This little four-letter word undermines our modern values of tolerance and presumption of innocence.
I’ve tried to enjoy schlepping water, thinking that it serves to keep us to some human roots.
Annoyances and upsets with the iPhone 4S have been more than offset by its screen, the silkiness of its surfaces, the camera, and the third-party market for both software and hardware.
After they finished watching the Bond movies, I figured the next series John Gruber and Dan Benjamin would discuss on The Talk Show would be Stanley Kubrick’s oeuvre. But Gruber refused — too personal for podcasting, he said. Disappointed, I rewatched 2001.
Instead of acknowledging the wisdom of leading from behind, the Right jumped on the Obama administration’s handling of Libya as yet another example of at best incompetence. They lost me there.
Steve Jobs we lost at the age of 56; when Frank Lloyd Wright reached that age it was still only 1923, the time of merely his second comeback with Tokyo’s Imperial Hotel.
It’s amazing, given the adulation he enjoyed elsewhere, that the Israeli public knew from the start not to trust this US President.
Nobody from usesthis.com has asked me what my setup us, nor is likely to anytime soon. So I’m just going to mouth off here about it. But first, some background.
On the Leon Wieseltier/Andrew Sullivan spat, Walter Russell Mead seems to want to have his strudel and eat it too.
Defeat in the Olympics bid may focus the mind in the Oval Office where it should be: Afghanistan.
’m listening to the Hugh Hewitt show here in Brighton, England, feeling a mite embarrassed of that foreign fact as workmen trudge down the path not a few feet away from this here kitchen and can probably hear the twang. Hewitt notes that his friend James Lileks is celebrating ten years of The Bleat.
A web site updated five days a week without fail by one person: now, I can do that. Back in 1997 I too was interested in this thing, the web. I’d already built a site for a legal company in New York. I’d already begun and quit my own site, a weekly piece of criticism of Star Trek:Voyager entitled Voyager Voyeur.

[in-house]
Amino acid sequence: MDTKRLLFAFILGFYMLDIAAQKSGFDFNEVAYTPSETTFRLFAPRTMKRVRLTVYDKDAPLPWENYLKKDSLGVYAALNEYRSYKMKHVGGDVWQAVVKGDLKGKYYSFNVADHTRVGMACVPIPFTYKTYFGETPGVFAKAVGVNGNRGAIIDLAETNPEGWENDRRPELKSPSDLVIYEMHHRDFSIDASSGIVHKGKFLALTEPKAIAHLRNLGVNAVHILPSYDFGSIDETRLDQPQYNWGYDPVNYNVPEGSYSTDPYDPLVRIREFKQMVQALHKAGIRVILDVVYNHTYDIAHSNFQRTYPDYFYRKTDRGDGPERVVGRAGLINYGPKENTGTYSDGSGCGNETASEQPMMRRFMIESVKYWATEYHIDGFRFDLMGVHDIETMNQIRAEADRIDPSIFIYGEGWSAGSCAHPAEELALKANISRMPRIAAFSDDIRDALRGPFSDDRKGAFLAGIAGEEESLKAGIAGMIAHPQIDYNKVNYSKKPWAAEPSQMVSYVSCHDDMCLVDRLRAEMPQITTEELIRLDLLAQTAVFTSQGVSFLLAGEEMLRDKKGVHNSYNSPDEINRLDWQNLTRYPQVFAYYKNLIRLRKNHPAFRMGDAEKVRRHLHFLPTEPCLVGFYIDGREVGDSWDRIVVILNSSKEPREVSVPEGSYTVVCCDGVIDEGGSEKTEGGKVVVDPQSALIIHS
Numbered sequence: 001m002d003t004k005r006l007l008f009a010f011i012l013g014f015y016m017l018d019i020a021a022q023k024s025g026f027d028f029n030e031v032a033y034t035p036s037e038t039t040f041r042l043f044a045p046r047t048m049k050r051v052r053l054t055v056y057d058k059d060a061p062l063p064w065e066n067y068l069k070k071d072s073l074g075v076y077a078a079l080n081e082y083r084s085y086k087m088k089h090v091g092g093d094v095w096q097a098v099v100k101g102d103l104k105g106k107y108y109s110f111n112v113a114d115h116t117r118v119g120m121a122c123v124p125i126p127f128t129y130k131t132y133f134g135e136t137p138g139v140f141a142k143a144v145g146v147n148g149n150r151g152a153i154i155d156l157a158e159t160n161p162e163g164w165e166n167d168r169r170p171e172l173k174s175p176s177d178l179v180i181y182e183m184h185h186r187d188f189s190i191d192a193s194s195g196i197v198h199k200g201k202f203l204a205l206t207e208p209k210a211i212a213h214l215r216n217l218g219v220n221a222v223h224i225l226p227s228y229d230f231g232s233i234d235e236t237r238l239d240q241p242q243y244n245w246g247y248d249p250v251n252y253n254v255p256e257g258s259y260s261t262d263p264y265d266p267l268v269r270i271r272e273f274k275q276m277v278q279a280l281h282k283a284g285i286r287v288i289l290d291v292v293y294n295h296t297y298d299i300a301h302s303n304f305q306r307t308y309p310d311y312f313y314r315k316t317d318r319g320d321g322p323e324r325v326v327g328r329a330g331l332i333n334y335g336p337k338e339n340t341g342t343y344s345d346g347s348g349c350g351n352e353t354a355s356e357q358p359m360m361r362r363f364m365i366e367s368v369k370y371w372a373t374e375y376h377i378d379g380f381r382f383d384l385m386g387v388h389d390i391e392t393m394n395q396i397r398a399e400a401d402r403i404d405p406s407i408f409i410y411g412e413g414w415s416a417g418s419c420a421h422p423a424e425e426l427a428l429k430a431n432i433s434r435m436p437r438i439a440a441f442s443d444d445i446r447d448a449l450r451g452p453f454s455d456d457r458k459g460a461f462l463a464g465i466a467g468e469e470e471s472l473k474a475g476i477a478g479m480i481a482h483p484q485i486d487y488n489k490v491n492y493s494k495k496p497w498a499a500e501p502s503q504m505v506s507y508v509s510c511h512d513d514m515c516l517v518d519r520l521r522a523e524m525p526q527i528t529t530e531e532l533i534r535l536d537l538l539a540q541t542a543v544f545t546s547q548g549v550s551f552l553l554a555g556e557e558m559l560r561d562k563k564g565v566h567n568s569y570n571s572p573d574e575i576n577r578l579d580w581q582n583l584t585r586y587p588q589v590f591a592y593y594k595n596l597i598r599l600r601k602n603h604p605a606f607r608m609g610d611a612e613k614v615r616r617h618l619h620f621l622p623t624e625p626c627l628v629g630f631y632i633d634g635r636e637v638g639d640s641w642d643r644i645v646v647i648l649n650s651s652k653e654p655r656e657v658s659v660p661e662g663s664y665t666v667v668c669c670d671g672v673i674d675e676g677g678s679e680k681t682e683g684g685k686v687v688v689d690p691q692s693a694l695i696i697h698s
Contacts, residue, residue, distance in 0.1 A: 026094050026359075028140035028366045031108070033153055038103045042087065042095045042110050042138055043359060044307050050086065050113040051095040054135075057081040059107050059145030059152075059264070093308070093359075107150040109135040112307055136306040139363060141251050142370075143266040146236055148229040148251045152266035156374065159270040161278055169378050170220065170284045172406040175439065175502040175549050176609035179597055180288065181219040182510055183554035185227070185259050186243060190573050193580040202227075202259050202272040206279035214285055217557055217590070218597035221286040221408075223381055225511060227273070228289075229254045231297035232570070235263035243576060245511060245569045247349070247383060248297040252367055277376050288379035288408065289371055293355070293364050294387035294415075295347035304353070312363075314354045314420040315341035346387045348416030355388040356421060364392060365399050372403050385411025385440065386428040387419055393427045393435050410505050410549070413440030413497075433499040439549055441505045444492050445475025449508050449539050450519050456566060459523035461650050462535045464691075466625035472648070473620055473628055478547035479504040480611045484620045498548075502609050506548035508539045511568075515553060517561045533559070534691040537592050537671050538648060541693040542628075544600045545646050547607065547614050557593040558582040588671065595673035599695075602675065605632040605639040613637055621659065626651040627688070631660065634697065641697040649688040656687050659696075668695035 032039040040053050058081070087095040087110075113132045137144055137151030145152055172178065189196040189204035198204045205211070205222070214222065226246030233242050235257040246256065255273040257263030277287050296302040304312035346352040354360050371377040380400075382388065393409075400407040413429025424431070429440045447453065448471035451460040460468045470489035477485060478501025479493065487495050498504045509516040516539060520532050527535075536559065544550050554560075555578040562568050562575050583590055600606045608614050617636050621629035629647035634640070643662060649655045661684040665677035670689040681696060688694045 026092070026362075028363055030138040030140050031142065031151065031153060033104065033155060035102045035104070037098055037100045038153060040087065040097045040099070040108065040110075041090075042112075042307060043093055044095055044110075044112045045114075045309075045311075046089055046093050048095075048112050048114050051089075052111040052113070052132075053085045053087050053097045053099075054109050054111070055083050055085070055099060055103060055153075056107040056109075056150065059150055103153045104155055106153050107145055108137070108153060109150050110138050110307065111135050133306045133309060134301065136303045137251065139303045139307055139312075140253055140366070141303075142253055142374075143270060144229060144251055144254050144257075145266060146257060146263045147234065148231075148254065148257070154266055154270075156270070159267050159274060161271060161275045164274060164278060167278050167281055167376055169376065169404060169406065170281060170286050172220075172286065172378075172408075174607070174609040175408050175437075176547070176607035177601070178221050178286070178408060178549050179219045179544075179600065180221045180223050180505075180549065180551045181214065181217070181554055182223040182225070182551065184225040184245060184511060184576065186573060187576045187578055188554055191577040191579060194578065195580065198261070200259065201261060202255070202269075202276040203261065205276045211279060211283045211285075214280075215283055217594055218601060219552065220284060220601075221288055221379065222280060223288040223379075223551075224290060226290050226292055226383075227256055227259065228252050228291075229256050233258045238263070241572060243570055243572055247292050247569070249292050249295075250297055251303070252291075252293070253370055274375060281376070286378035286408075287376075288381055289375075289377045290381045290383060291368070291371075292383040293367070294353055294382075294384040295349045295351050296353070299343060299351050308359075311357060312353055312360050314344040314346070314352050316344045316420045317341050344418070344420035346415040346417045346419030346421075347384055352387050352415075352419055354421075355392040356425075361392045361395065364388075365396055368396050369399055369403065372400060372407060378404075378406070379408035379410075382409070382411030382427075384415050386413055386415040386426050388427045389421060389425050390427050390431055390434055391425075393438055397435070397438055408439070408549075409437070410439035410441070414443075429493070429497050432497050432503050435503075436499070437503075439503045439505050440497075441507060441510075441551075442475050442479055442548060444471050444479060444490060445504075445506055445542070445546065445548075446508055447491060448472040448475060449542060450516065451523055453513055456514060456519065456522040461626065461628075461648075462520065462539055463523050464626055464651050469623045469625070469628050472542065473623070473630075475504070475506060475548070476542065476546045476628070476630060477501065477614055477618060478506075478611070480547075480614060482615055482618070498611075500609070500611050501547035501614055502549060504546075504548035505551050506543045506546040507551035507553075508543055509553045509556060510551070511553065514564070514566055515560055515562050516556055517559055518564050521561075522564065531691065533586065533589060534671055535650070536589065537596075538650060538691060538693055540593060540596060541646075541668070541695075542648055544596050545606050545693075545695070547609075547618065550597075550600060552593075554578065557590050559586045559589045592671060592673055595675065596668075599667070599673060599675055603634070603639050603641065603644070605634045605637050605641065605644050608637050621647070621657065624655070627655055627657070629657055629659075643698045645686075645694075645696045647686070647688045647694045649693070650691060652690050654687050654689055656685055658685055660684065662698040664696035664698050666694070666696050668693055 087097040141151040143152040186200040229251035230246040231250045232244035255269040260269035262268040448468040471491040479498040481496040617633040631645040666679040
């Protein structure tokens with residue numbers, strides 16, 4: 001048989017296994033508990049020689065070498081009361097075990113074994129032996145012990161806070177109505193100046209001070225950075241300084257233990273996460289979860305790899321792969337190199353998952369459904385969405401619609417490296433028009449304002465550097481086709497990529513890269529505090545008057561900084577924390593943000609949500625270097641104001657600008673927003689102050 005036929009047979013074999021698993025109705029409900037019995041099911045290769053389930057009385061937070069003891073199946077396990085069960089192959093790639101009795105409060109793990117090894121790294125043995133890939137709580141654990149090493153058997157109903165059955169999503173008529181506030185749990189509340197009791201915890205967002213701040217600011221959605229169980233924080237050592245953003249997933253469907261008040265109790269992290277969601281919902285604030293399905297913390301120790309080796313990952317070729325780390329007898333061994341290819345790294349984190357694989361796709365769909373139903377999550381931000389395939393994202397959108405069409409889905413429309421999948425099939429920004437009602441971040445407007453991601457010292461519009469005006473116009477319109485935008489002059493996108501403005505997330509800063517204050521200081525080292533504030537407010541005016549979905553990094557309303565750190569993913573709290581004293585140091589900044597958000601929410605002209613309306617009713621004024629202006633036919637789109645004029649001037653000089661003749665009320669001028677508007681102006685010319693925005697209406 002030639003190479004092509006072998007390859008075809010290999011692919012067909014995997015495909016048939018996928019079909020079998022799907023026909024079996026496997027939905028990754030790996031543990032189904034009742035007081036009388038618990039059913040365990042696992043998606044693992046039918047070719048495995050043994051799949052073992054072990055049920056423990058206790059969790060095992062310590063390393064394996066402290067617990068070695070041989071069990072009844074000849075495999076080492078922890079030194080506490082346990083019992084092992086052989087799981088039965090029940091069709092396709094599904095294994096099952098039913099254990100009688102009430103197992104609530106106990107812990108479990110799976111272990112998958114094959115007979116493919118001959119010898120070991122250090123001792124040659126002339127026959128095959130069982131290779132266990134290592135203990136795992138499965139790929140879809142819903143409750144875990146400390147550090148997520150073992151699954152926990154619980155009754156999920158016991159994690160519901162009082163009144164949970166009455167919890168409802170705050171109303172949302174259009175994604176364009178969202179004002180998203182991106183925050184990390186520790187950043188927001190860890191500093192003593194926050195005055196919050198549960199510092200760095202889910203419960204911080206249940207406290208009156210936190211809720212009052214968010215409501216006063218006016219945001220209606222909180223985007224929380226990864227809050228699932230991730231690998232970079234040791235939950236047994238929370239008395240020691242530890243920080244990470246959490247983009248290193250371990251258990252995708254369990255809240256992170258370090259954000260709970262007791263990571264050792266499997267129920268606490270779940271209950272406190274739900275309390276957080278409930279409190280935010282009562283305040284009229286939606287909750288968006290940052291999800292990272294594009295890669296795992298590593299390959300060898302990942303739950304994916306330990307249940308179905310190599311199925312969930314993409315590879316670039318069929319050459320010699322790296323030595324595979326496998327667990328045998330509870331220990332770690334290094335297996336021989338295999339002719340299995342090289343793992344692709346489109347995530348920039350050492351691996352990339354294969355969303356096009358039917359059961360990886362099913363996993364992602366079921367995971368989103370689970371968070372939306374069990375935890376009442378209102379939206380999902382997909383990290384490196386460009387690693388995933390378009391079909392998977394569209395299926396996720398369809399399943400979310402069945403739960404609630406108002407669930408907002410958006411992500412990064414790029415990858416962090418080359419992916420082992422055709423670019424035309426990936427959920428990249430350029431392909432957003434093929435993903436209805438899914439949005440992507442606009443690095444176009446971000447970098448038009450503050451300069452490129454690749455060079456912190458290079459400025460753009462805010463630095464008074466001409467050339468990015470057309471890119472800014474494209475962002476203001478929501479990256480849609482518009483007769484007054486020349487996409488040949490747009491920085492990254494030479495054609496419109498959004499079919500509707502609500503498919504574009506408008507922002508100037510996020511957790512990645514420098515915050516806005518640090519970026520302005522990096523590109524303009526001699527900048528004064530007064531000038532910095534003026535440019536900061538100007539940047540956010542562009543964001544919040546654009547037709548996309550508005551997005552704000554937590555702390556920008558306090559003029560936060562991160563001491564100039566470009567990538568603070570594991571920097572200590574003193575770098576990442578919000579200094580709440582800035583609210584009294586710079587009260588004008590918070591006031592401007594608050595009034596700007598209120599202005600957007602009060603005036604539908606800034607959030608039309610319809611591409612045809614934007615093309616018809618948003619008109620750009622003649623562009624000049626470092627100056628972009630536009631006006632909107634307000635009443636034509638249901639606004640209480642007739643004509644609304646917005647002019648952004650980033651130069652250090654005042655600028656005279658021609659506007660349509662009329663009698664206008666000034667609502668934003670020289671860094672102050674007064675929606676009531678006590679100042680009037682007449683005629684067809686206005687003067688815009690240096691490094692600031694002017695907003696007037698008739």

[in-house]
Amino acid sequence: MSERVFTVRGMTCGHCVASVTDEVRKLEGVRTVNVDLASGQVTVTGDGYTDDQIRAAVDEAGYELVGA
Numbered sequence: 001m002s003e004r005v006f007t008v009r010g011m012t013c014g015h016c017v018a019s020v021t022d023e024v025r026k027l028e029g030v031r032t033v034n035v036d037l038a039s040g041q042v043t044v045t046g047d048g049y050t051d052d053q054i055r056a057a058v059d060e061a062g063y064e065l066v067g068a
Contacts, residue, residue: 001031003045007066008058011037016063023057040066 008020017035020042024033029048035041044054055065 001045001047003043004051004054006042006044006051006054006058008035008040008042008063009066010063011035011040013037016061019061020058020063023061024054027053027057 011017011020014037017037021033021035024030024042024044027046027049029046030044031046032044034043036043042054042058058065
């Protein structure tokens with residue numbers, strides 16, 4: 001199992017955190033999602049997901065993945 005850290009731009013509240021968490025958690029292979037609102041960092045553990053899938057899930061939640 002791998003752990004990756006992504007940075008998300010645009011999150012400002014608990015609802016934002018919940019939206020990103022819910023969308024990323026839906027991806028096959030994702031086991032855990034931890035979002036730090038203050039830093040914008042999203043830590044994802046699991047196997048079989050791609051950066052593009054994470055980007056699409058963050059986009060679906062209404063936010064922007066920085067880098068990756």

I am a quitter. Give me something to quit, I quit it. This despite my understanding from Napoleon Hill and his Think and Grow Rich that “a winner never quits and a quitter never wins.” I like writing. I may even be quite good at it. Not perhaps as skilful as Lileks can be — reading him makes me want to say the word “threnody” out loud and it seems like a bird flying — but doing it for ten years will bring some skill to even Stephen. So. The technology we have: I build sites for a living. The ability we have: I can string together a sentence or at least point out the errors in others’. Therefore — and dammit, it’s about time — I’m going to launch a blog once again. I’m going to call it Parries, a diminution of paragraphs. A parry is yin to the yang of thrust, evocative of swordsmanship yet homey and cute as well. And this is it, you’re reading it.
What the workmen are doing here is building a coffee shop, its back facing our back. Someone is hammering something right now, and “I’ll be there shortly” is being said into a telephone. I have offered them hot water for tea in what, as a newly implanted alien, I imagine is being nice and friendly to the Englishman.
But the coffee at this new establishment will doubtless be, as it is at almost every other cafe here, swill. So I’m girding up the courage to tell Kevin the owner that the only good coffee I’ve had in this town is at Red Roaster, where it not only tastes as it should but they are as skilled as any Roman in making patterns on the froth; a couple of days ago the redhead there made me a delightful fir tree. Be a Red Roaster disciple, Kevin, and you got me. Now, how to say this the How to Win Friends and Influence People way?
Halleludjah and see you on the morra.
Thoughts on Spidey II (spoilers!)